A trend shows there is an association between the rise of LSD and adults with depression—but it is even more prevalent in young adults aged 18-34 than older adults.
Lysergic acid diethylamide (LSD) is on the rise for people with depression—and young adults are the ones getting their hands on the drug the most, according to a new study led by Claire Walsh, MA, of the department of translational epidemiology at New York State Psychiatric Institute.
“Our finding that younger adults with depression (i.e., those aged 18-25 years and 26-34 years) are more likely to use LSD compared with their older counterparts is noteworthy because this age group is also increasingly likely over time to have depression and because young adults increasingly perceive LSD as easy to obtain,” investigators wrote.
Not only do young adults think LSD is easy to obtain, but they don’t pay attention to the drug’s adverse consequence, which include hypertension, tachycardia, increased body temperature, body tremors, delusions, panic attacks, fear, paranoia (or a “bad trip”), according to past research.
Side effects also may continue after the drug leaves the body’s system in the form of “flashbacks” and additional hallucinations (if they develop the hallucinogen-persisting perception disorder). Since adverse experiences can depend on dose quantity, illegal LSD consumption puts people at a higher risk due to unclear dosing information.
Moreover, if someone were to take illegal LSD, they could not verify that what they are taking is, indeed, LSD. Recently, a synthetic psychedelic substance called NBOMe was sold on the illicit drug market as “LSD,” which has been involved with reported toxic effects and fatalities.
Yet, despite the drug’s dangers, people continue to consume LSD anyway.
“Our results also coincide with findings showing a decrease in the perception of regular LSD use as risky, suggesting that individuals with depression may be trying LSD without an expectation of adverse events,” the investigators wrote. “Given that the trend in LSD use is increasing in the overall population as well as among those with depression, public health messaging informing safe practices of LSD use to mitigate harm in medically unsupervised settings is warranted.”
Some previous studies found that people with psychiatric disorders, suicidal ideation, or serious psychological distress are more likely to use LSD. However, other studies found a reduced likelihood that people with depression would take LSD. Other studies found no association between mental health problems and hallucinogen usage.
Even though the studies had conflicting results on whether an association between mental health issues and hallucinogen usage exist, studies overall demonstrate a consistent increase in LSD use over time. Not only that, but LSD usage consistently increased among every observed age group (12-17 years, 18-25 years, and ≥26 years) from 2002 - 2019, according to a National Survey on Drug Use and Health (NSDUH) study.
A longitudinal analysis found that, while young adults are less likely to use cigarettes, narcotics, opioids, and consume alcohol today, hallucinogen drugs were at a “historic high.”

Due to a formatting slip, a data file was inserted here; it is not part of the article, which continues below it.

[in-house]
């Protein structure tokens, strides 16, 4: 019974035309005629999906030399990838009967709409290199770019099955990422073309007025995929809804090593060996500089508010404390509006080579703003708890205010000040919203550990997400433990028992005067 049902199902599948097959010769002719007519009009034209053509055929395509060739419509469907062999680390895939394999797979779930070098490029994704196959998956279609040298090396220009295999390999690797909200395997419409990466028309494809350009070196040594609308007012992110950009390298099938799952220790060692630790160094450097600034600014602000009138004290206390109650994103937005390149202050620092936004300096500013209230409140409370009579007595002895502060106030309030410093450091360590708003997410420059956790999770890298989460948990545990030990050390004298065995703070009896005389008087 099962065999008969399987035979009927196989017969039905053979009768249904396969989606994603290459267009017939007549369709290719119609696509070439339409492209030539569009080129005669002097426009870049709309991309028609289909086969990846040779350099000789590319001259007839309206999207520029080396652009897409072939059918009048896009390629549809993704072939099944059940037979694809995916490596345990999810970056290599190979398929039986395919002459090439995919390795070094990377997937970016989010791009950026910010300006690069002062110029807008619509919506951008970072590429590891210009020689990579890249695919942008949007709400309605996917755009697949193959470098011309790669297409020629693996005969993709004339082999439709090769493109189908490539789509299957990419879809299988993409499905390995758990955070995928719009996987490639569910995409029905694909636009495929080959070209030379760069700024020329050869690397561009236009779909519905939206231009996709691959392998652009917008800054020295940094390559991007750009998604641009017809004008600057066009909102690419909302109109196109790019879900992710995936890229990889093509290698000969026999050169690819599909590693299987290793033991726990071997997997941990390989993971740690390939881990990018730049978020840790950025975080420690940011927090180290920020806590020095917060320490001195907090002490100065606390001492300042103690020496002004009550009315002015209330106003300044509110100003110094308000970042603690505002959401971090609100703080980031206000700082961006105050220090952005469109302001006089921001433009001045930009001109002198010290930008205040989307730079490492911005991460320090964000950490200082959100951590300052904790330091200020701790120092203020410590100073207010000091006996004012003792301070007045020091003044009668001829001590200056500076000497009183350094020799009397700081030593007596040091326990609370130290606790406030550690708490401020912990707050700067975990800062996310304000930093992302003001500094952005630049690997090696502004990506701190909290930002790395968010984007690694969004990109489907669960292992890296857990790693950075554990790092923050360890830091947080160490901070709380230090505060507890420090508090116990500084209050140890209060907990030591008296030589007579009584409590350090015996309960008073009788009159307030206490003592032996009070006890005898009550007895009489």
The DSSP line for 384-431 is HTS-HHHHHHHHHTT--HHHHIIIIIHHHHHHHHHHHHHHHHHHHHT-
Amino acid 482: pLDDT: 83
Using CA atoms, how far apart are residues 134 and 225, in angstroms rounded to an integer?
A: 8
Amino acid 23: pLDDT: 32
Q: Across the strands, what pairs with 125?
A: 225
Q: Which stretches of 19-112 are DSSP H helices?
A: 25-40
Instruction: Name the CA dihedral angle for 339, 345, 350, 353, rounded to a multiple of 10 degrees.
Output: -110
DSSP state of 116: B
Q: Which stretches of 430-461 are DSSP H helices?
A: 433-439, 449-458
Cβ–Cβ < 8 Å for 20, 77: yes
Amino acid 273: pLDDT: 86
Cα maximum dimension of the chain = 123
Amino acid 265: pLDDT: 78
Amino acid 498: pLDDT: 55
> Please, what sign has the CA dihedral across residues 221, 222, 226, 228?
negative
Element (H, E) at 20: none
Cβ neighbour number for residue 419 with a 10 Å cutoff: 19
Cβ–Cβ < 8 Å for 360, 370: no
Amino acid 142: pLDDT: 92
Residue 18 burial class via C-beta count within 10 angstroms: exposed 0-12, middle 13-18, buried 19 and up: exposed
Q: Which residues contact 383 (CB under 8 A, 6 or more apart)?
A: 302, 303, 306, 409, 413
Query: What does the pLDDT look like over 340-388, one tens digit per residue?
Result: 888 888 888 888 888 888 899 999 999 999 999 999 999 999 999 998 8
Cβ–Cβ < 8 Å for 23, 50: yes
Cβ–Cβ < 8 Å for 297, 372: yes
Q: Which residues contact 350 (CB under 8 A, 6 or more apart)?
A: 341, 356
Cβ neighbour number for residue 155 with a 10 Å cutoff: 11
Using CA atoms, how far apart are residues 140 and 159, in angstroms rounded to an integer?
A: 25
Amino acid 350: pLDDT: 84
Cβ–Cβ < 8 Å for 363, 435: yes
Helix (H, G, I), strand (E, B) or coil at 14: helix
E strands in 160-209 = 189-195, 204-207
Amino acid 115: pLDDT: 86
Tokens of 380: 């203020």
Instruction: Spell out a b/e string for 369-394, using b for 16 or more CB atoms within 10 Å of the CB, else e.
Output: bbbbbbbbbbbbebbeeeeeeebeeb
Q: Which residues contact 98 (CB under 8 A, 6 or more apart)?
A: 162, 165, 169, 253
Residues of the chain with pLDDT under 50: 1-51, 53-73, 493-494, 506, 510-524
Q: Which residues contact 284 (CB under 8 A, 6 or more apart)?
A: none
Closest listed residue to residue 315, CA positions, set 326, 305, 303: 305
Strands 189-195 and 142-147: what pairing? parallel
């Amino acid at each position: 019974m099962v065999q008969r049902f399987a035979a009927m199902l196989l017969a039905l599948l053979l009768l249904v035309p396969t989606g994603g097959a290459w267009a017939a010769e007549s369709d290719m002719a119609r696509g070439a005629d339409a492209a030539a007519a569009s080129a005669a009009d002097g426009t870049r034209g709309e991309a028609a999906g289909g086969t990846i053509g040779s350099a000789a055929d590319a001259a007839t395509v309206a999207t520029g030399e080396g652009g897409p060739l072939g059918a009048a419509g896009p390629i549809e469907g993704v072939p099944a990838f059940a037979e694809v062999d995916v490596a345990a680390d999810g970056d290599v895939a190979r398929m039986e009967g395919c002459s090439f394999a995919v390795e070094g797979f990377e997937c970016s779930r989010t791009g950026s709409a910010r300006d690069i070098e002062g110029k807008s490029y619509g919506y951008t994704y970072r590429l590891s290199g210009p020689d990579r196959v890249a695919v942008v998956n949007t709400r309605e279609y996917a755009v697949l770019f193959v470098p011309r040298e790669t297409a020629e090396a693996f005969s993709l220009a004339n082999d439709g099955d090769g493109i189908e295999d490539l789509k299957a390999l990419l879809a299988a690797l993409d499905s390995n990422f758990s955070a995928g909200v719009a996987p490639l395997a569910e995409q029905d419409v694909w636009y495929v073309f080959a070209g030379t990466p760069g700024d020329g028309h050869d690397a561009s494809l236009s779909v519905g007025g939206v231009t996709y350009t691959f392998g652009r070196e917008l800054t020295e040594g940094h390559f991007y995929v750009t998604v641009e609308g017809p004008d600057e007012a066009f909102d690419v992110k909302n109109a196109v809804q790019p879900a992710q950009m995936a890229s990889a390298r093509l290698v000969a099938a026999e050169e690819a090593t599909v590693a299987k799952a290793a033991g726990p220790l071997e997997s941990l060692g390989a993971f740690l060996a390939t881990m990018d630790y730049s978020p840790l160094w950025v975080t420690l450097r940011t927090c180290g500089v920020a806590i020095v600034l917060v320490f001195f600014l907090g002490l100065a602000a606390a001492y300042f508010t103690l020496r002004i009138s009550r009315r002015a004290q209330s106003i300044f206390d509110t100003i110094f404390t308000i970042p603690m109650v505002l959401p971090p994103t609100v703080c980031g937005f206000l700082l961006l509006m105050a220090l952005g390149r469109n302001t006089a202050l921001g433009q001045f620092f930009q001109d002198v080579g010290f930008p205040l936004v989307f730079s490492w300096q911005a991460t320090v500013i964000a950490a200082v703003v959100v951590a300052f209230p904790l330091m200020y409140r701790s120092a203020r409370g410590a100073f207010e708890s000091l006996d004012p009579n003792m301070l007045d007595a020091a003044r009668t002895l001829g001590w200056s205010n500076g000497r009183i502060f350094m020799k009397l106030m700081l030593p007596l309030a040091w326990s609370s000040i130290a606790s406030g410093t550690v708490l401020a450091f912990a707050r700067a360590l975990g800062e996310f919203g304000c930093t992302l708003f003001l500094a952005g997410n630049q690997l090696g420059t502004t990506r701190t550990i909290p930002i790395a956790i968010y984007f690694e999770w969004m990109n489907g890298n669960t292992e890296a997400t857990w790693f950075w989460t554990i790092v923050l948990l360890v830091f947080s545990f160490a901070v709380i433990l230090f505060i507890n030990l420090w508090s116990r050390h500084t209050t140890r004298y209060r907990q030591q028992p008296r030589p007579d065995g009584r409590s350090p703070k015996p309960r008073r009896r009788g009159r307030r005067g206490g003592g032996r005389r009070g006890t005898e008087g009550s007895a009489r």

While previous evidence suggests there is an association between recreational LSD use and depression among adults in recent years (2015 – 2020), the team wanted to see if the association is changing over time.
The team pulled data from NSDUH. While NSDUH collects data from non-institutionalized civilians aged >12 years, the team only included adults aged >18 years old because equivalent major depression modules are not displayed to adolescents. Past-year depression was defined as anyone who reported at least 5 DSM-IV major depressive episode criteria, with a period of depressed mood or loss of interest or pleasure in daily activities for >2 weeks.
The investigators examined sociodemographic subgroups, which included ages (18-25 years, 26-34 years, 35-49 years, and >50 years), sex; race and ethnicity; total family income; educational level; and marital status.
The team compared adjusted prevalence estimates with prevalence differences (PDs). The investigators found that, from 2008 - 2019, the prevalence of past-year LSD use increased significantly from 0.2% to 0.9% (PD, 0.7%; 95% CI, 0.6 - 0.8).
According to the data, LSD use prevalence had increased among adults with and without depression. Among adults without depression, the prevalence increased from 0.2% in 2008 to 0.8% in 2019 (PD, 0.6%; 95% CI, 0.5 - 0.7). Meanwhile, among adults with past-year depression, the prevalence increased from 0.5% in 2008 to 1.8% in 2019 (PD, 1.3%; 95% CI, 1.0 - 1.6).
The difference in LSD between adults with and without depression was 0.8% (95% CI, 0.5 -1.1), signifying LSD use has a greater significant increase in participants with depression.
Young adults showed the greatest increase in LSD use of any of the demographic subgroups.
The PD for those with depression aged 18-25 years old was 3.3% (95% CI, 2.5 - 4.2). Then, the PD for those aged 26-34 was 2.7% (95% CI, 1.6 - 3.8).
“Young adults may also be more engaged online and, therefore, may learn of new practices, such as micro-dosing, which are increasing in popularity,” the team wrote.
Participants aged 35-49 years old and >50 years old had a lesser difference in PD from 2008 to 2019 than those aged 18-25. For the 53-49 age group, the PD was −1.7% (95% CI, −2.7 to −0.8) and for the >50 age group, the PD was −1.8% (95% CI, −2.7% to −0.9).
“Although the greatest increases in LSD use were observed among young adults (with 4.9% of adults aged 18-25 years using LSD in 2019), adults with depression had significantly greater prevalences and increases in LSD use across nearly all sociodemographic subgroups compared with those without depression,” the team wrote.
Walsh, C, Gorfinkel, L, Shmulewitz, D., et al. Use of Lysergic Acid Diethylamide by Major Depressive Status. JAMA Psychiatry. 2023. doi:10.1001/jamapsychiatry.2023.3867